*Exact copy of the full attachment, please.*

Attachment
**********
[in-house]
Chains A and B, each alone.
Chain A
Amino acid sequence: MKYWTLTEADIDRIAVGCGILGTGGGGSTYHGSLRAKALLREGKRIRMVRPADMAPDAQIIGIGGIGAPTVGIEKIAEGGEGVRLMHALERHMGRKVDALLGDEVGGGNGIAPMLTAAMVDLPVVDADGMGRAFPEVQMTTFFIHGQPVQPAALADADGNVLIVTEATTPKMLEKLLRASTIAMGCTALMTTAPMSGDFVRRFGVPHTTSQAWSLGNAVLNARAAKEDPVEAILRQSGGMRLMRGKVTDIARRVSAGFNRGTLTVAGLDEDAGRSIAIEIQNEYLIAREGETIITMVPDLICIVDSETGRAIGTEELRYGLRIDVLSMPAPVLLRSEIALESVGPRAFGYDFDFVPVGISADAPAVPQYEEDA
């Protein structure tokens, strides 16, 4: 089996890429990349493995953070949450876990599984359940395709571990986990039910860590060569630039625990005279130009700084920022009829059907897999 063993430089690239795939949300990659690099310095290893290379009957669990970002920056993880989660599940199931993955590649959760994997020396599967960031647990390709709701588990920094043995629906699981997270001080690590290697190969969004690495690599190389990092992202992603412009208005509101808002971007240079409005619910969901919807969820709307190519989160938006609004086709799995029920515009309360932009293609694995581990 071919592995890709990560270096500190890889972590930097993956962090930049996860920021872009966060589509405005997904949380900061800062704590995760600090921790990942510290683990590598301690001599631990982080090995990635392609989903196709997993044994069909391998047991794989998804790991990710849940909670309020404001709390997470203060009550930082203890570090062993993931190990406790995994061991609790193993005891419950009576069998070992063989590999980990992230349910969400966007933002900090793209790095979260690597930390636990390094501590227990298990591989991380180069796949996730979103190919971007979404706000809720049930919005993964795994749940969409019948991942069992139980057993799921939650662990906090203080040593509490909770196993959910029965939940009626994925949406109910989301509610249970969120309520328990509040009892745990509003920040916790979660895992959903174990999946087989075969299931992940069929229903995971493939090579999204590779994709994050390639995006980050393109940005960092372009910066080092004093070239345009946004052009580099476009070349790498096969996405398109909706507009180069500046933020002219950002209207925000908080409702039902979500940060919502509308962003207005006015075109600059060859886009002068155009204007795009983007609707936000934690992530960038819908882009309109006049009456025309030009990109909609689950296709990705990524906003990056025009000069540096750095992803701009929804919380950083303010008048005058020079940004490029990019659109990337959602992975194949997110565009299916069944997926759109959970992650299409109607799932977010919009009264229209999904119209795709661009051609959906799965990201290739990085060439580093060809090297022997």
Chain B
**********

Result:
[in-house]
Chains A and B, each alone.
Chain A
Amino acid sequence: MKYWTLTEADIDRIAVGCGILGTGGGGSTYHGSLRAKALLREGKRIRMVRPADMAPDAQIIGIGGIGAPTVGIEKIAEGGEGVRLMHALERHMGRKVDALLGDEVGGGNGIAPMLTAAMVDLPVVDADGMGRAFPEVQMTTFFIHGQPVQPAALADADGNVLIVTEATTPKMLEKLLRASTIAMGCTALMTTAPMSGDFVRRFGVPHTTSQAWSLGNAVLNARAAKEDPVEAILRQSGGMRLMRGKVTDIARRVSAGFNRGTLTVAGLDEDAGRSIAIEIQNEYLIAREGETIITMVPDLICIVDSETGRAIGTEELRYGLRIDVLSMPAPVLLRSEIALESVGPRAFGYDFDFVPVGISADAPAVPQYEEDA
């Protein structure tokens, strides 16, 4: 089996890429990349493995953070949450876990599984359940395709571990986990039910860590060569630039625990005279130009700084920022009829059907897999 063993430089690239795939949300990659690099310095290893290379009957669990970002920056993880989660599940199931993955590649959760994997020396599967960031647990390709709701588990920094043995629906699981997270001080690590290697190969969004690495690599190389990092992202992603412009208005509101808002971007240079409005619910969901919807969820709307190519989160938006609004086709799995029920515009309360932009293609694995581990 071919592995890709990560270096500190890889972590930097993956962090930049996860920021872009966060589509405005997904949380900061800062704590995760600090921790990942510290683990590598301690001599631990982080090995990635392609989903196709997993044994069909391998047991794989998804790991990710849940909670309020404001709390997470203060009550930082203890570090062993993931190990406790995994061991609790193993005891419950009576069998070992063989590999980990992230349910969400966007933002900090793209790095979260690597930390636990390094501590227990298990591989991380180069796949996730979103190919971007979404706000809720049930919005993964795994749940969409019948991942069992139980057993799921939650662990906090203080040593509490909770196993959910029965939940009626994925949406109910989301509610249970969120309520328990509040009892745990509003920040916790979660895992959903174990999946087989075969299931992940069929229903995971493939090579999204590779994709994050390639995006980050393109940005960092372009910066080092004093070239345009946004052009580099476009070349790498096969996405398109909706507009180069500046933020002219950002209207925000908080409702039902979500940060919502509308962003207005006015075109600059060859886009002068155009204007795009983007609707936000934690992530960038819908882009309109006049009456025309030009990109909609689950296709990705990524906003990056025009000069540096750095992803701009929804919380950083303010008048005058020079940004490029990019659109990337959602992975194949997110565009299916069944997926759109959970992650299409109607799932977010919009009264229209999904119209795709661009051609959906799965990201290739990085060439580093060809090297022997």
Chain B